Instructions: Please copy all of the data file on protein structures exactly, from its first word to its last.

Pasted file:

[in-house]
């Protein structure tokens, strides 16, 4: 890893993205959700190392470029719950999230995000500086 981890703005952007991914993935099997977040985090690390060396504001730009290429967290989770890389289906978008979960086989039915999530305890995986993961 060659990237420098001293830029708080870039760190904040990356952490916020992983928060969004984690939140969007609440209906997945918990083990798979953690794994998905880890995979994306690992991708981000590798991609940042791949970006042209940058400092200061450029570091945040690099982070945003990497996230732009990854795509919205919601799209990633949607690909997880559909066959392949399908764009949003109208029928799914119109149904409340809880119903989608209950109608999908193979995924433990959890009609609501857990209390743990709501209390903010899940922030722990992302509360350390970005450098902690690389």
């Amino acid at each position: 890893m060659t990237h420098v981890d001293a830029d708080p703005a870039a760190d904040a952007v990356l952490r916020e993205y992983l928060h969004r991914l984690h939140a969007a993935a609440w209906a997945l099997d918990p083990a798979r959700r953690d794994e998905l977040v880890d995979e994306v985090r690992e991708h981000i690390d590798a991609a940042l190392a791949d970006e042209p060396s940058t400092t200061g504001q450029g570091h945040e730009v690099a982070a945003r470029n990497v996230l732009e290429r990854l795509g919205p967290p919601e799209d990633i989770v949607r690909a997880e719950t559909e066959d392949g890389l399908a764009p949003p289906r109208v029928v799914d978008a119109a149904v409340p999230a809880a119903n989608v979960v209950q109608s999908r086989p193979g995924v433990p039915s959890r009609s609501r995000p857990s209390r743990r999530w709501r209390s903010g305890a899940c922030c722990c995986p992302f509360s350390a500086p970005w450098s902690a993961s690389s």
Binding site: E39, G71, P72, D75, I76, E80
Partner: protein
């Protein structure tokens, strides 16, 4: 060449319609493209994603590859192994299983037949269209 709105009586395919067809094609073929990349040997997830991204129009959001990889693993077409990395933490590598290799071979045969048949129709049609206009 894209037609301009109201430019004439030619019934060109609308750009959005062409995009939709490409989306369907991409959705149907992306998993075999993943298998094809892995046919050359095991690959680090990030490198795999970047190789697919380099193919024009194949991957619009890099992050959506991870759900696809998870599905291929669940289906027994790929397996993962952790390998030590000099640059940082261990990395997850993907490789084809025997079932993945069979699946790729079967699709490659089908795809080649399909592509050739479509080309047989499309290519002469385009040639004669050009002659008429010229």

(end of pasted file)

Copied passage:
[in-house]
């Protein structure tokens, strides 16, 4: 890893993205959700190392470029719950999230995000500086 981890703005952007991914993935099997977040985090690390060396504001730009290429967290989770890389289906978008979960086989039915999530305890995986993961 060659990237420098001293830029708080870039760190904040990356952490916020992983928060969004984690939140969007609440209906997945918990083990798979953690794994998905880890995979994306690992991708981000590798991609940042791949970006042209940058400092200061450029570091945040690099982070945003990497996230732009990854795509919205919601799209990633949607690909997880559909066959392949399908764009949003109208029928799914119109149904409340809880119903989608209950109608999908193979995924433990959890009609609501857990209390743990709501209390903010899940922030722990992302509360350390970005450098902690690389």
């Amino acid at each position: 890893m060659t990237h420098v981890d001293a830029d708080p703005a870039a760190d904040a952007v990356l952490r916020e993205y992983l928060h969004r991914l984690h939140a969007a993935a609440w209906a997945l099997d918990p083990a798979r959700r953690d794994e998905l977040v880890d995979e994306v985090r690992e991708h981000i690390d590798a991609a940042l190392a791949d970006e042209p060396s940058t400092t200061g504001q450029g570091h945040e730009v690099a982070a945003r470029n990497v996230l732009e290429r990854l795509g919205p967290p919601e799209d990633i989770v949607r690909a997880e719950t559909e066959d392949g890389l399908a764009p949003p289906r109208v029928v799914d978008a119109a149904v409340p999230a809880a119903n989608v979960v209950q109608s999908r086989p193979g995924v433990p039915s959890r009609s609501r995000p857990s209390r743990r999530w709501r209390s903010g305890a899940c922030c722990c995986p992302f509360s350390a500086p970005w450098s902690a993961s690389s």
Binding site: E39, G71, P72, D75, I76, E80
Partner: protein
């Protein structure tokens, strides 16, 4: 060449319609493209994603590859192994299983037949269209 709105009586395919067809094609073929990349040997997830991204129009959001990889693993077409990395933490590598290799071979045969048949129709049609206009 894209037609301009109201430019004439030619019934060109609308750009959005062409995009939709490409989306369907991409959705149907992306998993075999993943298998094809892995046919050359095991690959680090990030490198795999970047190789697919380099193919024009194949991957619009890099992050959506991870759900696809998870599905291929669940289906027994790929397996993962952790390998030590000099640059940082261990990395997850993907490789084809025997079932993945069979699946790729079967699709490659089908795809080649399909592509050739479509080309047989499309290519002469385009040639004669050009002659008429010229």